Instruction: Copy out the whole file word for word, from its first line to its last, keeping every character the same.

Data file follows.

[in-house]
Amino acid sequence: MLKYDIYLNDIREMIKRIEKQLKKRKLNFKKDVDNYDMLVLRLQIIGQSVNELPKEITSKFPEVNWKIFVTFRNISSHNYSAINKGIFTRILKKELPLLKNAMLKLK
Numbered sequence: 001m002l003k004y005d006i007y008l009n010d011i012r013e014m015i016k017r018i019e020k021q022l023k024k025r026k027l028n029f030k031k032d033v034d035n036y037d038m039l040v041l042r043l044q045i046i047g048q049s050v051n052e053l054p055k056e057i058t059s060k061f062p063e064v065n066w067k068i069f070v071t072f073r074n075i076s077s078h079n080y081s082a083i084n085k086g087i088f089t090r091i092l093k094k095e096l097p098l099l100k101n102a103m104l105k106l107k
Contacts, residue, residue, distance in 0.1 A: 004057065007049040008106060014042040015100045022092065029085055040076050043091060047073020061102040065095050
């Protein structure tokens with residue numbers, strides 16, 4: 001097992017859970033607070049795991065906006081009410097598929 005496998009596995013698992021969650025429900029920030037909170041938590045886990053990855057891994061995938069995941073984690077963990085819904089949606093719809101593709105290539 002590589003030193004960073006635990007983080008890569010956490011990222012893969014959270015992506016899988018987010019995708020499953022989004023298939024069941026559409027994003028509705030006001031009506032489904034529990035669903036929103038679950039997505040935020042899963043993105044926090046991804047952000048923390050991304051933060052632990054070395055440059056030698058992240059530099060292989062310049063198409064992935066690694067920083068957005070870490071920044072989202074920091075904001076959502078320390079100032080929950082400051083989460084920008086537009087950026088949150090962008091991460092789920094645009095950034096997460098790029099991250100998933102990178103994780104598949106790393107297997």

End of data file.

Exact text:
[in-house]
Amino acid sequence: MLKYDIYLNDIREMIKRIEKQLKKRKLNFKKDVDNYDMLVLRLQIIGQSVNELPKEITSKFPEVNWKIFVTFRNISSHNYSAINKGIFTRILKKELPLLKNAMLKLK
Numbered sequence: 001m002l003k004y005d006i007y008l009n010d011i012r013e014m015i016k017r018i019e020k021q022l023k024k025r026k027l028n029f030k031k032d033v034d035n036y037d038m039l040v041l042r043l044q045i046i047g048q049s050v051n052e053l054p055k056e057i058t059s060k061f062p063e064v065n066w067k068i069f070v071t072f073r074n075i076s077s078h079n080y081s082a083i084n085k086g087i088f089t090r091i092l093k094k095e096l097p098l099l100k101n102a103m104l105k106l107k
Contacts, residue, residue, distance in 0.1 A: 004057065007049040008106060014042040015100045022092065029085055040076050043091060047073020061102040065095050
């Protein structure tokens with residue numbers, strides 16, 4: 001097992017859970033607070049795991065906006081009410097598929 005496998009596995013698992021969650025429900029920030037909170041938590045886990053990855057891994061995938069995941073984690077963990085819904089949606093719809101593709105290539 002590589003030193004960073006635990007983080008890569010956490011990222012893969014959270015992506016899988018987010019995708020499953022989004023298939024069941026559409027994003028509705030006001031009506032489904034529990035669903036929103038679950039997505040935020042899963043993105044926090046991804047952000048923390050991304051933060052632990054070395055440059056030698058992240059530099060292989062310049063198409064992935066690694067920083068957005070870490071920044072989202074920091075904001076959502078320390079100032080929950082400051083989460084920008086537009087950026088949150090962008091991460092789920094645009095950034096997460098790029099991250100998933102990178103994780104598949106790393107297997």